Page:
When choosing a specific gift, it’s important to consider cultural differences in your target audience.
 
A gift that is highly suitable to one culture, may unintentionally cause offence to another group.
 
Understanding gift giving and the etiquette surrounding it will greatly improve your relationships with colleagues, clients or customers of other cultures.
 
A few helpful hints are listed in the tables below

China
  • It is the proper etiquette for gifts to be exchanged for celebrations, as thanks for assistance and even as a sweetener for future favors.
  • It is however important not to give gifts in the absence of a good reason or a witness.
  • When the Chinese want to buy gifts it is not uncommon for them to ask what you would like.
  • It would be wise to demonstrate an appreciation of Chinese culture by asking for items such as ink paintings or tea.
  • Business gifts are always reciprocated. Not to do so is bad etiquette.
  • When giving gifts do not give cash.
  • Do not be too frugal with your choice of gift otherwise you will be seen as an ‘iron rooster’, i.e. Getting a good gift out of you is like getting a feather out of an iron rooster.
  • Depending on the item, avoid giving one of something. Chinese philosophy stresses harmony and balance, so give in pairs.
Europe
  • Avoid giving red carnations, chrysanthemums, calla lilies, white asters and dahlias
  • Avoid giving wine in France.
India
  • Avoid frangipani flowers.
  • Give an uneven amount of cash, i.e. $11 not $10.
  • Choose bright colours.
  • For observant Hindus avoid giving food, cattle or leather products.
Japan
  • Gift-giving is a central part of Japanese business etiquette.
  • Bring a range of gifts for your trip so if you are presented with a gift you will be able to reciprocate.
  • The emphasis in Japanese business culture is on the act of gift-giving not the gift itself.
  • Expensive gifts are common.
  • The best time to present a gift is at the end of your visit.
  • A gift for an individual should be given in private.
  • If you are presenting a gift to a group of people have them all present.
  • The correct etiquette is to present/receive gifts with both hands.
  • Before accepting a gift it is polite to refuse at least once or twice before accepting.
  • Giving four or nine of anything is considered unlucky. Give in pairs if possible.
Malaysia
  • Pay special attention to the Muslim culture. Avoid pork, knives, alcohol, and highly personal gifts.
  • Present gifts with the right hand only.
  • In Indian sections of Malaysia, avoid black and white colors. Instead, opt for yellow, red or green which symbolize happiness.
Middle Eastern Countries
  • Gift giving is important in the Arab culture, with generosity and politeness being very significant aspects in gift giving. Arabs will normally be the first to present a gift. Whenever possible, reciprocate with gifts of similar quality and value.
  • Be sure to avoid alcohol and leather products made of pigskin, which are offensive to Muslims. Also avoid giving gifts to the wife of an Arab colleague, and never inquire about her.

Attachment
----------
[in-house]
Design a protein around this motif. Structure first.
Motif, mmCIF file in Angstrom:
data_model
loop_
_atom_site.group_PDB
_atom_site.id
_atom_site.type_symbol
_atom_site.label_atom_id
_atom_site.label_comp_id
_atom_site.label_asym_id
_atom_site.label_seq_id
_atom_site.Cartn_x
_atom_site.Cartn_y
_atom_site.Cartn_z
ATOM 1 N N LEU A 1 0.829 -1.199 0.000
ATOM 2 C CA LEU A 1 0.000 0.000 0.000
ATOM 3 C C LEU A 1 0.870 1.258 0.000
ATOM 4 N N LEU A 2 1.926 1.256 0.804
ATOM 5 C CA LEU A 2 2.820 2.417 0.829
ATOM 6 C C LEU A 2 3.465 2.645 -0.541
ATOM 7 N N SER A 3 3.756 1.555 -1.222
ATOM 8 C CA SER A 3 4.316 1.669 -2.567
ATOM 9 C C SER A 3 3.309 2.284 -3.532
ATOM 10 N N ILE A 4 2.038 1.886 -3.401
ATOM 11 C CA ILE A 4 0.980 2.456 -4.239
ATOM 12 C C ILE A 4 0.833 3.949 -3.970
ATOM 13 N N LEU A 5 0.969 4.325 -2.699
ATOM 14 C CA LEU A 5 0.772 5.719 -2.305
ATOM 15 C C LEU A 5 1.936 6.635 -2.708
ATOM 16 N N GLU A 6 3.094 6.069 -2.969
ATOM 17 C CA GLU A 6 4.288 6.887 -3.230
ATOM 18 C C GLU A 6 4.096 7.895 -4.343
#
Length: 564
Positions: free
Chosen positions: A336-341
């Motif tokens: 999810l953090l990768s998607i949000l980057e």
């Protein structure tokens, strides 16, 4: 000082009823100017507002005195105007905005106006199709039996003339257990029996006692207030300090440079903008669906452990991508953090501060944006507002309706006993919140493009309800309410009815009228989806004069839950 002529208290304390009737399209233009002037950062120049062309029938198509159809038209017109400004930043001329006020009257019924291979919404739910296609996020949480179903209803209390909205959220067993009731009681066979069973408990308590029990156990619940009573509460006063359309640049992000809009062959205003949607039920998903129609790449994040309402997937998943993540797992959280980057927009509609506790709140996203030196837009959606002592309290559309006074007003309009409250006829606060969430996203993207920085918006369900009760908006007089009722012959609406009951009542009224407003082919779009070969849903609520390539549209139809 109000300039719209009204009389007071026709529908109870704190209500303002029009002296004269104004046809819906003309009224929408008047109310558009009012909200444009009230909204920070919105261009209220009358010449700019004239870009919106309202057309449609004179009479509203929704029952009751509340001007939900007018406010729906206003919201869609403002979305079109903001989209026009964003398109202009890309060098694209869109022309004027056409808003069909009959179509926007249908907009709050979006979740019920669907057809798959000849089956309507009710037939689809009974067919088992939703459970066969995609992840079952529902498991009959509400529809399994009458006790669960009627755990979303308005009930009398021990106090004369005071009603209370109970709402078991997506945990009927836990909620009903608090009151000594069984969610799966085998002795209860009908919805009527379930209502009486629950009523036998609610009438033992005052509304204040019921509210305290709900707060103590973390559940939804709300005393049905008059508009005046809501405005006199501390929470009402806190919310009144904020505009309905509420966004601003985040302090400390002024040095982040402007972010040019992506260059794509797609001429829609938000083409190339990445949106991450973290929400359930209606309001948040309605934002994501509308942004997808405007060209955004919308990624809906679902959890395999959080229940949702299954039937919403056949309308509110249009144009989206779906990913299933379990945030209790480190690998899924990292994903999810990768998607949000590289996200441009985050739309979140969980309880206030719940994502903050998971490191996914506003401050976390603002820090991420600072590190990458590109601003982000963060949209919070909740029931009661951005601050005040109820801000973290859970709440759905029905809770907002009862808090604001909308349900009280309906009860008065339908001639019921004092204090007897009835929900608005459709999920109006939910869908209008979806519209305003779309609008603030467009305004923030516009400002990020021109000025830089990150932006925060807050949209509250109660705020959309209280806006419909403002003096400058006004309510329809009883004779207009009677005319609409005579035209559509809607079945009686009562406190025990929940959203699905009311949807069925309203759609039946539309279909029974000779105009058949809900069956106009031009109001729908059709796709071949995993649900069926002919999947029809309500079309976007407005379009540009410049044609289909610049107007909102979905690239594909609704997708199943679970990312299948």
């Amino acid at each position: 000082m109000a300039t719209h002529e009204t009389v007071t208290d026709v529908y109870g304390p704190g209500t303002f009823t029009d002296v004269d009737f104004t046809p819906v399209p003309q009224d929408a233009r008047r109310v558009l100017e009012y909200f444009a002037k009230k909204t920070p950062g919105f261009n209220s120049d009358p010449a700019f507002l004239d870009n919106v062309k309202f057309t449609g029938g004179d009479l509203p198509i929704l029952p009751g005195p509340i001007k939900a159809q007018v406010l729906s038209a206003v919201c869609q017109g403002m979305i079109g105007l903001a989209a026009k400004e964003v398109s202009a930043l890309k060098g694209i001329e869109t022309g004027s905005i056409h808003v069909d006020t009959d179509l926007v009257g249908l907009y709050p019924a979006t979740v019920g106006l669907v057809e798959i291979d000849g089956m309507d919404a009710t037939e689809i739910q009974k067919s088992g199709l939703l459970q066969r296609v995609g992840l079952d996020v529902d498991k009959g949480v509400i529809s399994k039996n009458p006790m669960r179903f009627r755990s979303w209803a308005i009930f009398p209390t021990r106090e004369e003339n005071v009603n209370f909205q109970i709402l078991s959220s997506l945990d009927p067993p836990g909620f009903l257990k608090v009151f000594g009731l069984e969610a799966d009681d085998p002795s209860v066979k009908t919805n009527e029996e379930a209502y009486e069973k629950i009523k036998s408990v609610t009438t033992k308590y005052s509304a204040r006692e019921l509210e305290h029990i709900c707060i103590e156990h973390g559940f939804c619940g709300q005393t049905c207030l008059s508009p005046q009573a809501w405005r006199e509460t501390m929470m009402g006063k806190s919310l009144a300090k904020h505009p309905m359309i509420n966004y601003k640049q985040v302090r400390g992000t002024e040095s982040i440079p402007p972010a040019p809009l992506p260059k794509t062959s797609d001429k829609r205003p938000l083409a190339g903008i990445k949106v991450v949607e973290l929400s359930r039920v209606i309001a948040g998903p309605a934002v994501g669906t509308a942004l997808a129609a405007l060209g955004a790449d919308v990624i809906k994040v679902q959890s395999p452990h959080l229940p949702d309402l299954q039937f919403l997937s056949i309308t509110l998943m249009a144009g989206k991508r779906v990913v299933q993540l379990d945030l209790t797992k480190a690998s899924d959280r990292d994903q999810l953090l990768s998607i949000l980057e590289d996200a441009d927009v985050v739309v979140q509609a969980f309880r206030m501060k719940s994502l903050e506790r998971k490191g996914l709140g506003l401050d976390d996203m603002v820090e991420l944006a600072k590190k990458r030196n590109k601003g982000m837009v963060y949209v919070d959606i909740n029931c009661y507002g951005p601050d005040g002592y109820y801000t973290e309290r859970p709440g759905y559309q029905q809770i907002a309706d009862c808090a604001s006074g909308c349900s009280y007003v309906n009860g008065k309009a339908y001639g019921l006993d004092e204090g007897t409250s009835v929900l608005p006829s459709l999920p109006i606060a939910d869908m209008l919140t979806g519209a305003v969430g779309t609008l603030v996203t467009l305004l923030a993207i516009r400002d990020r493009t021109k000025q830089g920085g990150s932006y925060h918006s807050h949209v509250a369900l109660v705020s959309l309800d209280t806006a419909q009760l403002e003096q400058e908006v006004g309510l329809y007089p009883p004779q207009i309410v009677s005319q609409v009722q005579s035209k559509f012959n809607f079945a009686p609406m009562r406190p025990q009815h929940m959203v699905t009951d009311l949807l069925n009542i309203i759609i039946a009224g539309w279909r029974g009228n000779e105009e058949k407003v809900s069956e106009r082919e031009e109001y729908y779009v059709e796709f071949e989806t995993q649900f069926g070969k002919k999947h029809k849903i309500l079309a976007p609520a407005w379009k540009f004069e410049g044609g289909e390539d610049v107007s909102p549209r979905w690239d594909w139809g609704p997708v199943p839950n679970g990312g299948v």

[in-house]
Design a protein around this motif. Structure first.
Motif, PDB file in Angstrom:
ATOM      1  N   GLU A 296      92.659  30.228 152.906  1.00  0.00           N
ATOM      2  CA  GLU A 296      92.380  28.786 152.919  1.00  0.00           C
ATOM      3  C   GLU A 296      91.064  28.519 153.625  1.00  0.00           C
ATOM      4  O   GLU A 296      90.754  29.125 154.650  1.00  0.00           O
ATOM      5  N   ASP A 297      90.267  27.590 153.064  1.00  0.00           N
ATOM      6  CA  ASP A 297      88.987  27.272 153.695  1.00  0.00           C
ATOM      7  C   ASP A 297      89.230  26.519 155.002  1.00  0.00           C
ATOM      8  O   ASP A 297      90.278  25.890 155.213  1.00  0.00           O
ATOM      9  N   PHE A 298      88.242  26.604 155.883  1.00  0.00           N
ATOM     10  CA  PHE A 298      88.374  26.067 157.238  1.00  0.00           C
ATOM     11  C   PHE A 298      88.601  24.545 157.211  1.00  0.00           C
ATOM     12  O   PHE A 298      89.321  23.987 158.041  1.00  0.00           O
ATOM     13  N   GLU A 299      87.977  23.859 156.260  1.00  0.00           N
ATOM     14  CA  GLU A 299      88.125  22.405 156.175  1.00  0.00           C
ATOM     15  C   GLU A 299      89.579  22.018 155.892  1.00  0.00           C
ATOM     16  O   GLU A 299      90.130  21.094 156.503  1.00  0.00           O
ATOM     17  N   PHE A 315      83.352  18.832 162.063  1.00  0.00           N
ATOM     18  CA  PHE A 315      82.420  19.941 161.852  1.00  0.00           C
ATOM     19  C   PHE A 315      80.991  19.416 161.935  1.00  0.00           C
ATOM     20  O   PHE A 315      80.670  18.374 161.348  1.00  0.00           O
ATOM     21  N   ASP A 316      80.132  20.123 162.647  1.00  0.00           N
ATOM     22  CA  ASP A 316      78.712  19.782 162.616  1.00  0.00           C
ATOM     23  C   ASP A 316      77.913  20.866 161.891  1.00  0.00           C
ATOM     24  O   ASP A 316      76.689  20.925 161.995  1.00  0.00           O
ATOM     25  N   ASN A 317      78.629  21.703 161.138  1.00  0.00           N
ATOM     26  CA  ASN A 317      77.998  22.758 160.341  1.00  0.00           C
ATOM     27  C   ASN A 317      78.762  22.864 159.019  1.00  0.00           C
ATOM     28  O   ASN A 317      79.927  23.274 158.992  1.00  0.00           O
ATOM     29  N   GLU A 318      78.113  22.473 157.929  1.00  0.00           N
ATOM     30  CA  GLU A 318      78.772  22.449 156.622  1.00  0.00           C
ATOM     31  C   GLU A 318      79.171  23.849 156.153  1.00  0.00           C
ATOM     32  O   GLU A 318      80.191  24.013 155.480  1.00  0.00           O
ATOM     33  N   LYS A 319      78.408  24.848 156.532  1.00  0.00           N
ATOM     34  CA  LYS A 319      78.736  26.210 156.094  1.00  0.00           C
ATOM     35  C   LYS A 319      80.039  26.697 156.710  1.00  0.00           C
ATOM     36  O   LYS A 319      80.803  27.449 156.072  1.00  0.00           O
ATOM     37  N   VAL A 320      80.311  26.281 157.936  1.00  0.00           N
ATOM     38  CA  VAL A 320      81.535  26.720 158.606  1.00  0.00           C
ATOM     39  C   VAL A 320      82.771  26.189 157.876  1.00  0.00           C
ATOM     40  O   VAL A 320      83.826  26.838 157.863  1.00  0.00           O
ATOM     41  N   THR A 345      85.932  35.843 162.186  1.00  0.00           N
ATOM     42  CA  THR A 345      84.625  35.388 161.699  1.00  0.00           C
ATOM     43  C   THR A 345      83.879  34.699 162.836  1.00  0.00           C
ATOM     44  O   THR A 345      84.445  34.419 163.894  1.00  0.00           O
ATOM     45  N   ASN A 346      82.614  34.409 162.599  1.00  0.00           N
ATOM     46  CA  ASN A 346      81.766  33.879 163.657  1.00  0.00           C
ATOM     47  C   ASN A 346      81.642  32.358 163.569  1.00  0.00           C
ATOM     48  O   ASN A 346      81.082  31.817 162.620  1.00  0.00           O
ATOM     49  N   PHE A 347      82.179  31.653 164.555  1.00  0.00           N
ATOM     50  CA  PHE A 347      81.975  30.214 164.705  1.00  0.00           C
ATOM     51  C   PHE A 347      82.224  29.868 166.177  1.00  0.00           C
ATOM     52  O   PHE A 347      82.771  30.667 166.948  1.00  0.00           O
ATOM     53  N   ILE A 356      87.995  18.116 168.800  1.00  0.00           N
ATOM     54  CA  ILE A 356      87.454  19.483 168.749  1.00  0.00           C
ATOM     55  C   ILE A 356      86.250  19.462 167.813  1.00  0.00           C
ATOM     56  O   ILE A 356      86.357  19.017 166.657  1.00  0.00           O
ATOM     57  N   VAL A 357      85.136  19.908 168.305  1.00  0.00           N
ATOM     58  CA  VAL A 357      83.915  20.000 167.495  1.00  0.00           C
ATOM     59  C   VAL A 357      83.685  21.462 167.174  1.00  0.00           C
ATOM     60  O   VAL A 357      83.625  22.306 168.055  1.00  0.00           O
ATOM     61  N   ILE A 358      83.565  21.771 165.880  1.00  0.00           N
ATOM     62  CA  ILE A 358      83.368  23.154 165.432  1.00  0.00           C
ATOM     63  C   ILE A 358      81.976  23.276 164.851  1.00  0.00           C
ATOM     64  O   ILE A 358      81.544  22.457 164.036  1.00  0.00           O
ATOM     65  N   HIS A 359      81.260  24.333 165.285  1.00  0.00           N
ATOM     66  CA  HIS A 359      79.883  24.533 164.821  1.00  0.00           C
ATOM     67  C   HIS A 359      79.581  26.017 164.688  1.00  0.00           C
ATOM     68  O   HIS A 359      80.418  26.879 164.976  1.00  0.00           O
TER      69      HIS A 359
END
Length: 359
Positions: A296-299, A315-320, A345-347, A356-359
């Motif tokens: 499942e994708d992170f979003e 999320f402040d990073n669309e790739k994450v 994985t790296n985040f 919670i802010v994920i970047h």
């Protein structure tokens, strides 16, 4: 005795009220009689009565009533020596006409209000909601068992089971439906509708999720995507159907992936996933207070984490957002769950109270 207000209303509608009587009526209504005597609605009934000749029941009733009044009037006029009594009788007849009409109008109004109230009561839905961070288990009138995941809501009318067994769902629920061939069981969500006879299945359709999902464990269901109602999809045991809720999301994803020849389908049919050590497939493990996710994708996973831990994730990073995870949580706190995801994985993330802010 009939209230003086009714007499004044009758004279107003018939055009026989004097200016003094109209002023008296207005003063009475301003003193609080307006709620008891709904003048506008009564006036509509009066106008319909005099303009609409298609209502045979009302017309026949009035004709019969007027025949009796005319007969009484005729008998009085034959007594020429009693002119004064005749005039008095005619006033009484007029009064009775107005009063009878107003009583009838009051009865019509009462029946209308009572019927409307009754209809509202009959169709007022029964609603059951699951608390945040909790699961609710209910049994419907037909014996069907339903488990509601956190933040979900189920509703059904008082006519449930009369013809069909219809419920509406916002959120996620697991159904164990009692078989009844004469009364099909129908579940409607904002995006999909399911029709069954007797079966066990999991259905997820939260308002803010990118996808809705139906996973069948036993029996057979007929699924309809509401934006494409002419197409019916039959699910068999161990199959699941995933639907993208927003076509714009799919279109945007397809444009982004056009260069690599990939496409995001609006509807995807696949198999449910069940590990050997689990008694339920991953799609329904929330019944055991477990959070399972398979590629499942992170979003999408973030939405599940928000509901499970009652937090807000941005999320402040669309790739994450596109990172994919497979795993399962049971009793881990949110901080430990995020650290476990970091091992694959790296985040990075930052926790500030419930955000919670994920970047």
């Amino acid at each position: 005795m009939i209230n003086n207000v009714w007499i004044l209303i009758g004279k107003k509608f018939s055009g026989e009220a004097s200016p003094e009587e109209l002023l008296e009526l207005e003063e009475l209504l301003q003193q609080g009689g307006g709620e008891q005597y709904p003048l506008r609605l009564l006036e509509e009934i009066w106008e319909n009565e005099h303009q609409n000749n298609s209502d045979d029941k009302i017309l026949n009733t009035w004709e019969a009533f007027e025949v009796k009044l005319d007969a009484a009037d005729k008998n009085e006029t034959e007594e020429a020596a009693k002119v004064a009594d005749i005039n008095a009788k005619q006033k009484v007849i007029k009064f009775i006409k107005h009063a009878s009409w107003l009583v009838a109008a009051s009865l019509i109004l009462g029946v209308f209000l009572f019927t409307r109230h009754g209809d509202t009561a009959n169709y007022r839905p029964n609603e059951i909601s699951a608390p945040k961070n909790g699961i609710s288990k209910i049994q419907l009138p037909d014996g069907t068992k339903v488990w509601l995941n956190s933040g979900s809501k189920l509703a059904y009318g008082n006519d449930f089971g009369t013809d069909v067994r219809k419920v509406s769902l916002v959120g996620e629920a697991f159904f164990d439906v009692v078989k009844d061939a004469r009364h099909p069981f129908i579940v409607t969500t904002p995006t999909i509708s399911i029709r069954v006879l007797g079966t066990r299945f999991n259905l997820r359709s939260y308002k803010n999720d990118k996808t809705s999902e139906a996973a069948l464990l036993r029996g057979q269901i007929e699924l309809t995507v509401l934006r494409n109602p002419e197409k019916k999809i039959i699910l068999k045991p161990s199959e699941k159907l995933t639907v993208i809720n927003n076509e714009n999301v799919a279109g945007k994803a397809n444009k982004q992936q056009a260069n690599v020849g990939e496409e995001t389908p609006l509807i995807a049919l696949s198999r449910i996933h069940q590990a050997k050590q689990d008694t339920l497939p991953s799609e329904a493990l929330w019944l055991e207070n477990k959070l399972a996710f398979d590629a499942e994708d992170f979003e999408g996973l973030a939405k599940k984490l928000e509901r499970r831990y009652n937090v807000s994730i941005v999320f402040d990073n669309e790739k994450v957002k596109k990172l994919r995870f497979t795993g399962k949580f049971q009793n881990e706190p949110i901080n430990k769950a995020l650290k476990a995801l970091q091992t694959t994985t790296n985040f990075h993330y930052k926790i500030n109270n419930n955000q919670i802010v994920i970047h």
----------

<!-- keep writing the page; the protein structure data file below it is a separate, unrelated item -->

• Ideas of gifts to present to your colleagues in the Middle East include the highest quality of leather (not pigskin), silver, precious stones, cashmere, crystal or porcelain.
Saudi Arabia
  • Gifts should only be given to the most intimate of friends.
  • Gifts should be of the highest quality.
  • Never buy gold or silk as a present for men.
  • Silver is acceptable.
  • Always give/receive gifts with the right hand.
  • Saudis enjoy wearing scent – ‘itr’. The most popular is ‘oud’ which can cost as much as £1000 an ounce.
  • It is not bad etiquette to open gifts when received.
Singapore
  • Gifts to a Government employee are seen as bribery.
  • Open a gift only after your departure.
  • Present a large gift to the entire group, or a small gift to everyone.
  • South America
  • Flowers are not considered a good gift, but if you do give them, choose only white.
South Korea
  • Gift giving is very common in Korea. Offer and receive a gift with both hands. Wrapped gifts are never opened in the presence of the giver.
  • Reciprocate with a gift of similar value when receiving a gift from your Korean colleague. Koreans like regional United States gifts and Indian/Western artefacts.
  • Wrap your gift nicely. Bright colours are preferred for wrapping gifts. Yellow and red or green stripes are a traditional Korean wrapping paper design. Avoid wrapping gifts in dark colours or red.
  • Always bring a small gift for the hostess when invited to someone’s home. Give: small gift, candy, cakes, cookies, flowers, fruit. Do not give liquor to a woman.
  • It is common to exchange gifts at the first business meeting. Allow the host to present his gift first.
  • Give: liquor (good quality scotch), fruit, desk accessories, small mementos, gifts from France or Italy (which often indicate status).
  • Do not give: expensive gifts (Koreans will feel obligated to reciprocate with a gift of equal value), knives or scissors (they signify “cutting off” a relationship), green headwear, gifts with red writing (denotes death) or gifts in a set of four (denotes death).
Thailand
  • If invited to a Thai’s home, a gift is not expected, although it will be appreciated.
  • Gifts should be wrapped attractively, since appearance matters. Bows and ribbons add to the sense of festivity.
  • Appropriate gifts are flowers, good quality chocolates or fruit.
  • Do not give marigolds or carnations, as they are associated with funerals.
  • Try to avoid wrapping a gift in green, black or blue as these are used at funerals and in mourning.
  • Gold and yellow are considered royal colours, so they make good wrapping paper.
  • Only use red wrapping paper if giving a gift to a Chinese Thai.
  • Gifts are not opened when received.
  • Money is the usual gift for weddings and ordination parties.
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